Hybrid Pneumatic Engine (concluded)
A hybrid pneumatic engine uses a pressurized air tank to improve the transient behaviour of the turbo-charger.

PhD-Theses on Gasoline Engines

Pascal Kiwitz: Diss. ETH No. 20815
Christoph Voser: Diss. ETH No. 20706
Wolfgang Schick: Diss. ETH No. 19386
Raphael Suard: Diss. ETH No. 18775
Christian Dönitz: Diss. ETH No. 18761
Roman Möller: Diss. ETH No. 18426
Daniel Rupp: Diss. ETH No. 18302
Thomas Böhme: Diss. ETH No. 17703

Automotive Applications

Apart from engines and vehicle propulsion systems, there are a number of vehicular applications, where control and optimization are equally important. The topics autonomous parking, on-board diagnosis of faults, as well as the control of the heating, ventilation and air-conditioning of the passenger cabin are highly interesting control tasks. Currently, however, the research group of Prof. Onder does not focus on these topics, and consequently there are no projects ongoing in this field.

On-Board Diagnostics (concluded)
All sensors in a vehicle may fail due to damage or ageing. This project pursues methods to identify sensor faults.

PhD-Theses on Automotive Applications

Michael Moser: Diss. ETH No. 22349
Matthäus Alberding: Diss. ETH No. 21573
Moritz Oetiker: Diss. ETH No. 18229
Alexander Schilling: Diss. ETH No. 17764
Eric Müller: Diss. ETH No. 16889

Biomedical Applications

Many diseases that occur in humans are caused by insufficient regulation of processes. The blood circulation system is one example of a control system that is based on feedback. Ventricular asisst devices are an example of how electronically controlled actuators can assist the human body in this regulation process. However, the control of such devices is crucial for the patient. Therefore, we aim to apply model based control and design methods, as well as hardware-in-the-loop testing procedures to improve these biomedical systems. Prof. Onder does not pursue research in biomedical systems, the corresponding research group is now supervised by Prof. Meboldt at PdZ.

Hydrocephalus Smartshunt
Introducing feedback control to advanced medical devices with a focus on heart failure and hydrocephalus.

Circulatory Assist Project (concluded)
This project deals with the control of blood pumps that are used for mechanical circulatory support. The goal is to develop a control strategy that is able to promote recovery of a failing heart. More…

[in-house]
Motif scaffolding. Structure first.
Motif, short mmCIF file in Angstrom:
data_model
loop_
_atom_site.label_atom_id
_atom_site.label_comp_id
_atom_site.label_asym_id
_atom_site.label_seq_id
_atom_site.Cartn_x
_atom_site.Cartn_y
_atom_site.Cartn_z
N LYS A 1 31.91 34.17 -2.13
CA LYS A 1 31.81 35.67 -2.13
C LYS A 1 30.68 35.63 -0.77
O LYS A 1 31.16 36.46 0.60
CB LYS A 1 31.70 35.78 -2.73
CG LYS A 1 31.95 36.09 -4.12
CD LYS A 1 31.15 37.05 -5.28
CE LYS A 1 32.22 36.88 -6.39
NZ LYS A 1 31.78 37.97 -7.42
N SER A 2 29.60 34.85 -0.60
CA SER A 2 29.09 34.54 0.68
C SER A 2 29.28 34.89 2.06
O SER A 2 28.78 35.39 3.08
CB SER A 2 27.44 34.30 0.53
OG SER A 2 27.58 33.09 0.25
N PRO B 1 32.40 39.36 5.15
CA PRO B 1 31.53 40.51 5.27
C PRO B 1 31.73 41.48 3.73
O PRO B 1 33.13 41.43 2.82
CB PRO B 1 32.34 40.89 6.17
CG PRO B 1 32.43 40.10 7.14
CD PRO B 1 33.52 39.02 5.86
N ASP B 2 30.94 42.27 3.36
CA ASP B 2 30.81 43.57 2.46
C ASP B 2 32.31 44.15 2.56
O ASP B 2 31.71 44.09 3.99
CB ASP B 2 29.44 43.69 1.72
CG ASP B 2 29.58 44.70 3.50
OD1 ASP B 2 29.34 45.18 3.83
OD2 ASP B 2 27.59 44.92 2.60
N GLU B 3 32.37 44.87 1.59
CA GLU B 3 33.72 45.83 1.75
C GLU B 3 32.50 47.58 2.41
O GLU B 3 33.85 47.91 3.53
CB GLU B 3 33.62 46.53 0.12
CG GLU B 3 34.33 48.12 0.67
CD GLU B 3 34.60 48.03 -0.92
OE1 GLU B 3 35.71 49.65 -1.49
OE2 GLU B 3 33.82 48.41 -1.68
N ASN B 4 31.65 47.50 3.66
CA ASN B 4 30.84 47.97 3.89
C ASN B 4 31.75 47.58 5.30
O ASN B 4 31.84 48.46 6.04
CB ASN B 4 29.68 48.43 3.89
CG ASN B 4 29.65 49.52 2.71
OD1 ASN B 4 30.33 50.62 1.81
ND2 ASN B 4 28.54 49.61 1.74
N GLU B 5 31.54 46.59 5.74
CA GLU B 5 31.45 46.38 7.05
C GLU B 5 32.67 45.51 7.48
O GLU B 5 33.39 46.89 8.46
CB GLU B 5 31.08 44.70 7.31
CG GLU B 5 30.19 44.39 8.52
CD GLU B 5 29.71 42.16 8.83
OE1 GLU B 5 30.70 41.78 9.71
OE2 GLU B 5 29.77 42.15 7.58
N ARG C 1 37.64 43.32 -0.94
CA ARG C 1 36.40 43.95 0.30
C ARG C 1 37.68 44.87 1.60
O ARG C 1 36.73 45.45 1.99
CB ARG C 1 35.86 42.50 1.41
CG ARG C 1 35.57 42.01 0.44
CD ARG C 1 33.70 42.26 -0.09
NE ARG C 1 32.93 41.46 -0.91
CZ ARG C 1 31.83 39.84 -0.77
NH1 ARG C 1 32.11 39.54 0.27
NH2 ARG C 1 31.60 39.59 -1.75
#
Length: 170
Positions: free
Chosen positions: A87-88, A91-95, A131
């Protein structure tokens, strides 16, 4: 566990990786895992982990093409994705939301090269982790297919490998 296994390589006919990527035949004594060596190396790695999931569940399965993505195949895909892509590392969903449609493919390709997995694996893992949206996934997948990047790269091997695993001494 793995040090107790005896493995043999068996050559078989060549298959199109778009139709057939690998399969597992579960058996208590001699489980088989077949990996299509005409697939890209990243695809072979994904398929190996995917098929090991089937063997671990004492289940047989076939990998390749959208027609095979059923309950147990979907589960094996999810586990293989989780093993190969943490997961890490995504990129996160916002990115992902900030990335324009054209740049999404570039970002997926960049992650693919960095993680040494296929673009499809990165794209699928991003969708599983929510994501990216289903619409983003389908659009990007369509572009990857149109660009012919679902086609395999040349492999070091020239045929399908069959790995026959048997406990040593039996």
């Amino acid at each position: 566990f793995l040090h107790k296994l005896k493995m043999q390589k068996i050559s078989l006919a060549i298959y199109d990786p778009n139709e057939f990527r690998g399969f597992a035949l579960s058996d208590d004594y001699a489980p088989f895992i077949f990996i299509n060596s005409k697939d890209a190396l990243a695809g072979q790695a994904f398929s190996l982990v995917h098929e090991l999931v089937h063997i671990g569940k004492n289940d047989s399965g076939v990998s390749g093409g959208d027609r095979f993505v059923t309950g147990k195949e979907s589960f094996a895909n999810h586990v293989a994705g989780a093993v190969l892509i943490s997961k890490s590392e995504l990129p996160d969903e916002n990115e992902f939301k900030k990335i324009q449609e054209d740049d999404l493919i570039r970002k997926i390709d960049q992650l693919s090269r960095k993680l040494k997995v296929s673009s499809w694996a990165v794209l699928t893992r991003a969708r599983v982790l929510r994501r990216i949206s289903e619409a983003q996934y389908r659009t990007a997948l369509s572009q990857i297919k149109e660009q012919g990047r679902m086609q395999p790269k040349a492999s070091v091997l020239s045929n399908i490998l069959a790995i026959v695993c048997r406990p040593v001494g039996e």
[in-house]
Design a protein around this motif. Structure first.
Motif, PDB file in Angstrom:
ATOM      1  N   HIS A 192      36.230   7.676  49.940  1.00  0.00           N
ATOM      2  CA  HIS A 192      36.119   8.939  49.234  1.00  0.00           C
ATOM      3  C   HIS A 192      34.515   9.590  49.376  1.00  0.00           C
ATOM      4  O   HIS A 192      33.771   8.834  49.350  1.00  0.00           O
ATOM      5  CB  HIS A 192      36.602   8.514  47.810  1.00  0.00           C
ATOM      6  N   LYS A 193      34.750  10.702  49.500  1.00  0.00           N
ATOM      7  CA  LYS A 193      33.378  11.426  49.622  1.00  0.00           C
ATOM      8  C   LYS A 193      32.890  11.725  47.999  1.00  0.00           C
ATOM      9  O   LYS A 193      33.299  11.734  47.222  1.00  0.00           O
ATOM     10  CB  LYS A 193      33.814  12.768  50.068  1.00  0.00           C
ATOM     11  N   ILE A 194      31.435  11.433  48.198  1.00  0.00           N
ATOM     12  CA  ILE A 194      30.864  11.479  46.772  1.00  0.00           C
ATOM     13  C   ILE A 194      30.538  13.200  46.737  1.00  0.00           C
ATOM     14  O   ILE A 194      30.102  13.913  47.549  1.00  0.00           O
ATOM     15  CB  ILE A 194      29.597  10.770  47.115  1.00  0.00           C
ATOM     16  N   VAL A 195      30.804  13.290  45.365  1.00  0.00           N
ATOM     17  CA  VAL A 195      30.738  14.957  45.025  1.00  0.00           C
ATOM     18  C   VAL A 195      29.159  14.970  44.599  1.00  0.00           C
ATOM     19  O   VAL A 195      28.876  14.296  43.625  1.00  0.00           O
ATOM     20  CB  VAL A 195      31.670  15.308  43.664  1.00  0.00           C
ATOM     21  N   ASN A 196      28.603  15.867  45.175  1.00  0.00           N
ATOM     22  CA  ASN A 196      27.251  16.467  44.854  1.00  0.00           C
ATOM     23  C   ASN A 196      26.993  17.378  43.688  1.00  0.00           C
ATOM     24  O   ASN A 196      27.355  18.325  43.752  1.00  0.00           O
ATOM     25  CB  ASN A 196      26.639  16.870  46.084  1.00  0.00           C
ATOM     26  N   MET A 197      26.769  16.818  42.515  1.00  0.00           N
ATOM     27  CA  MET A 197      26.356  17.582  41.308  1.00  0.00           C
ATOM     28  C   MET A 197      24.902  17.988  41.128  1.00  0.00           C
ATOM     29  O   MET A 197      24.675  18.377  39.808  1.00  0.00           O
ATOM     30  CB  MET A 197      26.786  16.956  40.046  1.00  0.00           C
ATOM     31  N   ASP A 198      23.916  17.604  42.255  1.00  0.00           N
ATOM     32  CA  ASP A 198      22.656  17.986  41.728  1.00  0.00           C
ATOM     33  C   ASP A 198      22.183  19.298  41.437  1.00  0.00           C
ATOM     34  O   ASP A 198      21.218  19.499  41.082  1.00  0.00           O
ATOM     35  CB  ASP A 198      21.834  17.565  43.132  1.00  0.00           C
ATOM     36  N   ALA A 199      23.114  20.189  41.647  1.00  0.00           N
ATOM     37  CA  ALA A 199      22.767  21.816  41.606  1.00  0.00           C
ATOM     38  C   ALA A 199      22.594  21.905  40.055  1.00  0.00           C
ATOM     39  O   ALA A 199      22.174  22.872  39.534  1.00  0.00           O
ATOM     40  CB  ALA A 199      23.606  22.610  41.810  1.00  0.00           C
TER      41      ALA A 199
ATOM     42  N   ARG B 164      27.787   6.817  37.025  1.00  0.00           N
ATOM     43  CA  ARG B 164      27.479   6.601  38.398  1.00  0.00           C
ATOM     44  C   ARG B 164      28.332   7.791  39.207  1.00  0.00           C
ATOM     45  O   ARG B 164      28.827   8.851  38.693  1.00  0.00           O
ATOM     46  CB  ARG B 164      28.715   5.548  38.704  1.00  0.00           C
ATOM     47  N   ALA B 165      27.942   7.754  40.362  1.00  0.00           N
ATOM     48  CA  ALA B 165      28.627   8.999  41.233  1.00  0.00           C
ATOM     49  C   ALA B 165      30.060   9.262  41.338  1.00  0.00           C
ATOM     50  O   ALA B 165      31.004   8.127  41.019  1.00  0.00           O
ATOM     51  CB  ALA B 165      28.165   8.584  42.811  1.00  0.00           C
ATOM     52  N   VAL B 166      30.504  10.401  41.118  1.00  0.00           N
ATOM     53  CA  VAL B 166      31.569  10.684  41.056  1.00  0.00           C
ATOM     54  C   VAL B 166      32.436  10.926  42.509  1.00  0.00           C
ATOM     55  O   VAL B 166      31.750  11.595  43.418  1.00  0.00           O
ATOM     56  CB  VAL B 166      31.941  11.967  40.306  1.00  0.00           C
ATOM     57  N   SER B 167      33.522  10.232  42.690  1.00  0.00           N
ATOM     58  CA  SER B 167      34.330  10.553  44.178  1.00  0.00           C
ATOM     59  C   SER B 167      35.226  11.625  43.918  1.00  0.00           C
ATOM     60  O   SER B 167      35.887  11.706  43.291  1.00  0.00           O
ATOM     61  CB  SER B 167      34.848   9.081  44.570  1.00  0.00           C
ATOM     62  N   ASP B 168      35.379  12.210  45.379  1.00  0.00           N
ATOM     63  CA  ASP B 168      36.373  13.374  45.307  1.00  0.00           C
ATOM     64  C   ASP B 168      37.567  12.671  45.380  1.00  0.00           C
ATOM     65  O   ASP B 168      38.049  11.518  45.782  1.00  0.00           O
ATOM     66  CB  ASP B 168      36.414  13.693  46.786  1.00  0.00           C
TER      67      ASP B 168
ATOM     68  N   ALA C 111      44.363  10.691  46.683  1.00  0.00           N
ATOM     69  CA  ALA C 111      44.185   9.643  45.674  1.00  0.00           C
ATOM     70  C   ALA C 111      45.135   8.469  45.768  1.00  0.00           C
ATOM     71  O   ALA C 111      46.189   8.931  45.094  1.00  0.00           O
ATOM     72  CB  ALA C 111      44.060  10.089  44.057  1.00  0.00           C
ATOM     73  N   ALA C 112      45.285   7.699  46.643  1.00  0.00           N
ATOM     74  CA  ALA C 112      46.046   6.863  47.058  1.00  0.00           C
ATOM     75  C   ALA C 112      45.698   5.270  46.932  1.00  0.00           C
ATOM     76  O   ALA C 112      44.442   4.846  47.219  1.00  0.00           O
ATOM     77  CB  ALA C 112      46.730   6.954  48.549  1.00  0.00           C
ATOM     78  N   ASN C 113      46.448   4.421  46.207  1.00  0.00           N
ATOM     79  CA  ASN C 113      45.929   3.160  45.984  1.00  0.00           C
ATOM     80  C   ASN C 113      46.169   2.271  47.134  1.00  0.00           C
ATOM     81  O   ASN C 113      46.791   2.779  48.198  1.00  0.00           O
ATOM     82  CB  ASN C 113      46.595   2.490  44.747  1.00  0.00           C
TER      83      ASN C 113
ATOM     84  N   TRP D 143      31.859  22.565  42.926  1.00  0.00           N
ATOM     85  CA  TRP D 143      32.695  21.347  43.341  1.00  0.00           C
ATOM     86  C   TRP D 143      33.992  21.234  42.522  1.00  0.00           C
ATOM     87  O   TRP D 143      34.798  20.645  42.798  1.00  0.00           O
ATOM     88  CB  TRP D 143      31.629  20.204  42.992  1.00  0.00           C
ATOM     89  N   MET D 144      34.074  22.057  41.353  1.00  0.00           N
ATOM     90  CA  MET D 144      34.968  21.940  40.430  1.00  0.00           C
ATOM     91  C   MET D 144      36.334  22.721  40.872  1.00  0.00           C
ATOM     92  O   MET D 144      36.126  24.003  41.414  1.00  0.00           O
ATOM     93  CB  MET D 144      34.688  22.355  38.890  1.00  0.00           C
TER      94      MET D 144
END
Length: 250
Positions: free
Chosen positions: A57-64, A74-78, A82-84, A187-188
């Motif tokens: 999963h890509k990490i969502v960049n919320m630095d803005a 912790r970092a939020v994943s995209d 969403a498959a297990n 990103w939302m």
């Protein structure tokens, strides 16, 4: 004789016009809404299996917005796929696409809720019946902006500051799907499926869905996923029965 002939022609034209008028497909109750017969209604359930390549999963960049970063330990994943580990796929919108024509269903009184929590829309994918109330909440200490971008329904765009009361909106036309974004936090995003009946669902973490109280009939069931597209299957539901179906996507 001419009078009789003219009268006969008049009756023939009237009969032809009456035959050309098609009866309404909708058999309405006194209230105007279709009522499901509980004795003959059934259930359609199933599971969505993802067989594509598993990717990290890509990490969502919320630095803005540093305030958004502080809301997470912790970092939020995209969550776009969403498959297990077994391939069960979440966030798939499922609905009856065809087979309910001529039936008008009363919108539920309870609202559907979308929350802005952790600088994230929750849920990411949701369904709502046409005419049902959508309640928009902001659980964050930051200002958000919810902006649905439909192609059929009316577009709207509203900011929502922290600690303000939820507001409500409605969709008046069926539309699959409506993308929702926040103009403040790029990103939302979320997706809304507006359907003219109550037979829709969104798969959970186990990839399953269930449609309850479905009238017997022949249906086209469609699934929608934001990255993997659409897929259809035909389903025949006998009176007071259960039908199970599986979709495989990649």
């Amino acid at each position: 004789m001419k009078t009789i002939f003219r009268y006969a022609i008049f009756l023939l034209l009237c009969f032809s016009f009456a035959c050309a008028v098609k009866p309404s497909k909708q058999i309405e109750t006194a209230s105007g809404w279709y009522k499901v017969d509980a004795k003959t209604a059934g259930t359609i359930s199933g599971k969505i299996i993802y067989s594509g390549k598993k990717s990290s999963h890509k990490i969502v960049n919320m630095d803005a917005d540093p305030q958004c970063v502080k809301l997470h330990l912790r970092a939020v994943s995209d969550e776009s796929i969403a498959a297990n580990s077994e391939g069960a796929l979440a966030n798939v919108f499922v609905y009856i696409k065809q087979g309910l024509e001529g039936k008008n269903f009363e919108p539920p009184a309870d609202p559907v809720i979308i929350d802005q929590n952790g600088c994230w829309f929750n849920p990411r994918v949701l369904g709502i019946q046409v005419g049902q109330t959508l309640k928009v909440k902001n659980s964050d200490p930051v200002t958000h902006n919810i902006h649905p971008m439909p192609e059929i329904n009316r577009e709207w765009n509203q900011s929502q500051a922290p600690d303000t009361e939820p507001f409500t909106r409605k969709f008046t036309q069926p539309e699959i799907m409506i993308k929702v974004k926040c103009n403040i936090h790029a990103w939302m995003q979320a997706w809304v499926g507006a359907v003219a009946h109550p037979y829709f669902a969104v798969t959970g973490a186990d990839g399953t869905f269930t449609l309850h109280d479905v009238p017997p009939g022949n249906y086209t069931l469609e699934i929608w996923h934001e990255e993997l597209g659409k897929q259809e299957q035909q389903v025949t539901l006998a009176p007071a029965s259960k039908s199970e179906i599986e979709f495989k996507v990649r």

CSF Biothermofluidics (concluded)
Biothermofluidics for Cerebrospinal Fluid Diagnostics and Control - Development of a Knowledge Base.

PhD-Theses on Biomedical Applications

Gregor Ochsner: Diss. ETH No. 22061
Raffael Amacher: Diss. ETH No. 21702
Marianne Schmid Daners: Diss. ETH No. 20674
Matthias Schibli: Diss. ETH No. 18438

Smart Buildings

Almost 40% of the total energy consumed worldwide is used in residential and commercial buildings. Furthermore, unlike with vehicles, where industry has been consequently working towards maximizing the energy efficiency, in the building sector, there are still huge potentials for reducing the energy consumption - not only in design and architecture, but also in the control of energy flows and facility management. Here, we use systematic, model-based optimization techniques with the aim to improve energy efficiency of buildings. Prof. Onder does not pursue research in this topic. Similar research projects can be found at the departement for architecture.  

Monte Rosa Hut
(c) T.Ambrosetti

Monte Rosa Hut (concluded)
This research project aims at developing new algorithms and software and hardware solutions for the optimal management of energy and waste flows in buildings.

RESCOM (concluded)
We target the management of energy flows in complex systems. Our goal is to develop new models featuring extreme accuracy and ultra-high simulation speed.

SAMBA (concluded)
In future, smart buildings interact with the power grid. The control strategy that manages the energy flows has a crucial influence on the achievable energy efficiency.

PhD-Theses on Smart Buildings

Araz Ashouri: Diss. ETH No. 21908
Samuel Fux: Diss. ETH No. 21036
Raffaele Bornatico: Diss. ETH No. 20561
Charles Boston: Diss. ETH No. 18948